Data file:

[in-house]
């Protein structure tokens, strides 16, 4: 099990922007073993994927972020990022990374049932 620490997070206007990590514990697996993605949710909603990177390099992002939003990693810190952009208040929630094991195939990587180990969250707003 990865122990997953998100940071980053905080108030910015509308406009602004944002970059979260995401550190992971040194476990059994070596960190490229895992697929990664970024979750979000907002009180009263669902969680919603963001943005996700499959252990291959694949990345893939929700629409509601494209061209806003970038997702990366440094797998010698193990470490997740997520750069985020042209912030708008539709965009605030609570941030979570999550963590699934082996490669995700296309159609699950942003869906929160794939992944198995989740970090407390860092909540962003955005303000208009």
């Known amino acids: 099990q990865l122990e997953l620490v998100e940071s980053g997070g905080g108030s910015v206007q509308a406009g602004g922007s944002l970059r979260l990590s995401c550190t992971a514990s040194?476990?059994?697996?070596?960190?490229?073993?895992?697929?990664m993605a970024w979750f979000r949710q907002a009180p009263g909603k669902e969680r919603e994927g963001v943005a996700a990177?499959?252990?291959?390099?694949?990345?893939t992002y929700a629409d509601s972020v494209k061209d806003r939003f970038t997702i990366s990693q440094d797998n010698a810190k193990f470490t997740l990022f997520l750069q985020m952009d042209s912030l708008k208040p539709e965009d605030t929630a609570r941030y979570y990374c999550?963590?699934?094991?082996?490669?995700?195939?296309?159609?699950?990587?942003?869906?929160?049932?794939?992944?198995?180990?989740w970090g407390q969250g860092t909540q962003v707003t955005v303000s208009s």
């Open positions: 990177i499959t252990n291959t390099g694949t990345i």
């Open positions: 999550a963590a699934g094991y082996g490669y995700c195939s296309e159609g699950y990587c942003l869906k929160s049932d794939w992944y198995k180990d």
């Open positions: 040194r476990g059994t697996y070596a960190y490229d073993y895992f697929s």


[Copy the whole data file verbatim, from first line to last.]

[in-house]
């Protein structure tokens, strides 16, 4: 099990922007073993994927972020990022990374049932 620490997070206007990590514990697996993605949710909603990177390099992002939003990693810190952009208040929630094991195939990587180990969250707003 990865122990997953998100940071980053905080108030910015509308406009602004944002970059979260995401550190992971040194476990059994070596960190490229895992697929990664970024979750979000907002009180009263669902969680919603963001943005996700499959252990291959694949990345893939929700629409509601494209061209806003970038997702990366440094797998010698193990470490997740997520750069985020042209912030708008539709965009605030609570941030979570999550963590699934082996490669995700296309159609699950942003869906929160794939992944198995989740970090407390860092909540962003955005303000208009």
């Known amino acids: 099990q990865l122990e997953l620490v998100e940071s980053g997070g905080g108030s910015v206007q509308a406009g602004g922007s944002l970059r979260l990590s995401c550190t992971a514990s040194?476990?059994?697996?070596?960190?490229?073993?895992?697929?990664m993605a970024w979750f979000r949710q907002a009180p009263g909603k669902e969680r919603e994927g963001v943005a996700a990177?499959?252990?291959?390099?694949?990345?893939t992002y929700a629409d509601s972020v494209k061209d806003r939003f970038t997702i990366s990693q440094d797998n010698a810190k193990f470490t997740l990022f997520l750069q985020m952009d042209s912030l708008k208040p539709e965009d605030t929630a609570r941030y979570y990374c999550?963590?699934?094991?082996?490669?995700?195939?296309?159609?699950?990587?942003?869906?929160?049932?794939?992944?198995?180990?989740w970090g407390q969250g860092t909540q962003v707003t955005v303000s208009s």
């Open positions: 990177i499959t252990n291959t390099g694949t990345i």
């Open positions: 999550a963590a699934g094991y082996g490669y995700c195939s296309e159609g699950y990587c942003l869906k929160s049932d794939w992944y198995k180990d």
């Open positions: 040194r476990g059994t697996y070596a960190y490229d073993y895992f697929s």